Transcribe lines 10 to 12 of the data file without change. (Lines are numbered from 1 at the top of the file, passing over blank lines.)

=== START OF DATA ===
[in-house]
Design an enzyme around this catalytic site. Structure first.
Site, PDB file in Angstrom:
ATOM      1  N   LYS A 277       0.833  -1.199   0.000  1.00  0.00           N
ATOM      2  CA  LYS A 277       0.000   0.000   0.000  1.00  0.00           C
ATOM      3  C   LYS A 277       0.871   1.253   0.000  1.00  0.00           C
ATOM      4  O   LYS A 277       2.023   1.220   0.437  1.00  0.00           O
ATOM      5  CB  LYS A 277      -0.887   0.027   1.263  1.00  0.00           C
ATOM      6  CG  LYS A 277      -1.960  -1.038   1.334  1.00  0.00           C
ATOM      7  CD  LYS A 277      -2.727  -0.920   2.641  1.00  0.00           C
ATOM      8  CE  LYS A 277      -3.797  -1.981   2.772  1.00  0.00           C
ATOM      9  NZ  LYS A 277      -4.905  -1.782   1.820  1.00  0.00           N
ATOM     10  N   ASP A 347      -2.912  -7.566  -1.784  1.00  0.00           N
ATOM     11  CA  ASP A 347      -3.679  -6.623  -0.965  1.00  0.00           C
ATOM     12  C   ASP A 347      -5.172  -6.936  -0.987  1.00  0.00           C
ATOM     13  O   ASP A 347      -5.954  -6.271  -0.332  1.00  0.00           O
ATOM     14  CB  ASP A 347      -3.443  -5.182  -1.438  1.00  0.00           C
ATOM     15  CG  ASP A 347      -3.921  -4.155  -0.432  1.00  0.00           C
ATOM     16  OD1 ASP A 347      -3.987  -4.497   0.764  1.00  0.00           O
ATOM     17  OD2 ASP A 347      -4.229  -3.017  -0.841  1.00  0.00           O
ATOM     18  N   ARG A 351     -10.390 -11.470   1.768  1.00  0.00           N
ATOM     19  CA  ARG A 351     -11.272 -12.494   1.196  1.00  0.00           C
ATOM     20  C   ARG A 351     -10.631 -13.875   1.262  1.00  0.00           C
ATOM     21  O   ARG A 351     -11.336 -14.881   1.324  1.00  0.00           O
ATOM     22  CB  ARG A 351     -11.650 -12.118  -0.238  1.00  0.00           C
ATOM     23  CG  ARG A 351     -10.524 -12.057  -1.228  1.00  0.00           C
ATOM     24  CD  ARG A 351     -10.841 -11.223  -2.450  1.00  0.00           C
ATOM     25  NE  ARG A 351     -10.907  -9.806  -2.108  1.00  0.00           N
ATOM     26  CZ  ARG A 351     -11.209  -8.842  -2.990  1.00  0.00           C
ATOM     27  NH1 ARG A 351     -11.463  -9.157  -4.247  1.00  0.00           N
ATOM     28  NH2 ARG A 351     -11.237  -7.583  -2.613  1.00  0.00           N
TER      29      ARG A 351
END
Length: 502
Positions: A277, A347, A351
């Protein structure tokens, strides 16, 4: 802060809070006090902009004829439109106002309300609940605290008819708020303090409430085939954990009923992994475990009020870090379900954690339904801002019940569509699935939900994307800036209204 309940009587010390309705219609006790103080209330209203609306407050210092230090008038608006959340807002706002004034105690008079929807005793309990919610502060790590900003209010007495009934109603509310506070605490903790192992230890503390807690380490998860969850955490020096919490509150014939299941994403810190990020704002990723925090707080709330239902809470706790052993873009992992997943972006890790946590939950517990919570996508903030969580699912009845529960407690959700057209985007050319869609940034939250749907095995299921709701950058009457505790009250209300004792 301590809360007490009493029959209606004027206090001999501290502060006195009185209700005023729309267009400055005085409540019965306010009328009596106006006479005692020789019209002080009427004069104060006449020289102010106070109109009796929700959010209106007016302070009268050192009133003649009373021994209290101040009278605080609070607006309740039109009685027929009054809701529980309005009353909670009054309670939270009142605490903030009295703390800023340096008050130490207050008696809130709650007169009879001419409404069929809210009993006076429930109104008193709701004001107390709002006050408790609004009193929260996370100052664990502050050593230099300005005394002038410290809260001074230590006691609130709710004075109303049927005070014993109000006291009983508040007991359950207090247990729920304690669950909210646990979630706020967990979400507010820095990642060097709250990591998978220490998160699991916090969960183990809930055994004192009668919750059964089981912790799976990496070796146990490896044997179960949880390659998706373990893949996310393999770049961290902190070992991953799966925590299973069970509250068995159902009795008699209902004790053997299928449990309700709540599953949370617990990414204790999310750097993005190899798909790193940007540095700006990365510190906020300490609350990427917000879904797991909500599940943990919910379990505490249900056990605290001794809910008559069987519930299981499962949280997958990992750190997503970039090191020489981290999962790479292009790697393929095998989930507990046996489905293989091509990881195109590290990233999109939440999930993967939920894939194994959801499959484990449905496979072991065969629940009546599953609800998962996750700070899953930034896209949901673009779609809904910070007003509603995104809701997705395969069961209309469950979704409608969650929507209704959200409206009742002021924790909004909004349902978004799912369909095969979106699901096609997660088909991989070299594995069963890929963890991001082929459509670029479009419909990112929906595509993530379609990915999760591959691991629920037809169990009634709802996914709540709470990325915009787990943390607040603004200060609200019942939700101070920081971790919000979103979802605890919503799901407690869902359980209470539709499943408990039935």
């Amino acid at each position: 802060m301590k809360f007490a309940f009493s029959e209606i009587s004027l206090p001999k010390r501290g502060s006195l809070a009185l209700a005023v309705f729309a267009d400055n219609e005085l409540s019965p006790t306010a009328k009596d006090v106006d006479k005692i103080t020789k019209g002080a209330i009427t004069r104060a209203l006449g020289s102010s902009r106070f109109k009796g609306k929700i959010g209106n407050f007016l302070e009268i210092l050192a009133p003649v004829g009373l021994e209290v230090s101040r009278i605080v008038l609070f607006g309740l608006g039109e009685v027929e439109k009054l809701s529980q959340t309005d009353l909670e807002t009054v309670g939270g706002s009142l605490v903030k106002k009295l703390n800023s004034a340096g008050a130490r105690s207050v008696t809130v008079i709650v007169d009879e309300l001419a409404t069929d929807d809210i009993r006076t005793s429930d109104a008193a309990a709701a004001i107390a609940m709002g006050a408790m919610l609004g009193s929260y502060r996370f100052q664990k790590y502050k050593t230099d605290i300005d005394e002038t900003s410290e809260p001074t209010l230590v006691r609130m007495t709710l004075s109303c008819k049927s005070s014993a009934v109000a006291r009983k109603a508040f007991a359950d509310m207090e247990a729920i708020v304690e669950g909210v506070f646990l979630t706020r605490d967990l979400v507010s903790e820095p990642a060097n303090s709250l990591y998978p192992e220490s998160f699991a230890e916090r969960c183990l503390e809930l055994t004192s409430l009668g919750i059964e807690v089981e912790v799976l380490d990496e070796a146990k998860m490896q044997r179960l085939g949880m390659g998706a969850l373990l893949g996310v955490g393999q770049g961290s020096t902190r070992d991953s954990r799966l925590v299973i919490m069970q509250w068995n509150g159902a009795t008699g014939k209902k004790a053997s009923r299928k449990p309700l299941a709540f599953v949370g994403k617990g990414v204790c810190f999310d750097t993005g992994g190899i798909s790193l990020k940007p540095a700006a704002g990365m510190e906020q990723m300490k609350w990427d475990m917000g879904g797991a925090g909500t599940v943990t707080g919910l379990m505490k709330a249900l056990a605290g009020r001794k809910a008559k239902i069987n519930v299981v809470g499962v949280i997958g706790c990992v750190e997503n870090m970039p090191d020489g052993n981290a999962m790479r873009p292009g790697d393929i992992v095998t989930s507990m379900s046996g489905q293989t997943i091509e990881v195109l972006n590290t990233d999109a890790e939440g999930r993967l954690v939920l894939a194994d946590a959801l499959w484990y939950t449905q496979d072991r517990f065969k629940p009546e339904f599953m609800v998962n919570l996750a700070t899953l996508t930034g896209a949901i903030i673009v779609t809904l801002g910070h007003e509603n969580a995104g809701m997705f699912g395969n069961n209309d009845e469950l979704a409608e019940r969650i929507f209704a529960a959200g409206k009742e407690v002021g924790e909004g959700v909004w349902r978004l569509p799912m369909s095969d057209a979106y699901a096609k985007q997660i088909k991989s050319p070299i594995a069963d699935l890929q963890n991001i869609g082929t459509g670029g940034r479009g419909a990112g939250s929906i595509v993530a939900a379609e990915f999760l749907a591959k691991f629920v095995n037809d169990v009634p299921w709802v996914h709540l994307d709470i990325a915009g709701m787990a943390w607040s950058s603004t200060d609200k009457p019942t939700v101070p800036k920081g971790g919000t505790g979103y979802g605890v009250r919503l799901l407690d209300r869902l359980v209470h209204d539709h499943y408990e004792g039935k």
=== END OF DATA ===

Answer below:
ATOM      7  CD  LYS A 277      -2.727  -0.920   2.641  1.00  0.00           C
ATOM      8  CE  LYS A 277      -3.797  -1.981   2.772  1.00  0.00           C
ATOM      9  NZ  LYS A 277      -4.905  -1.782   1.820  1.00  0.00           N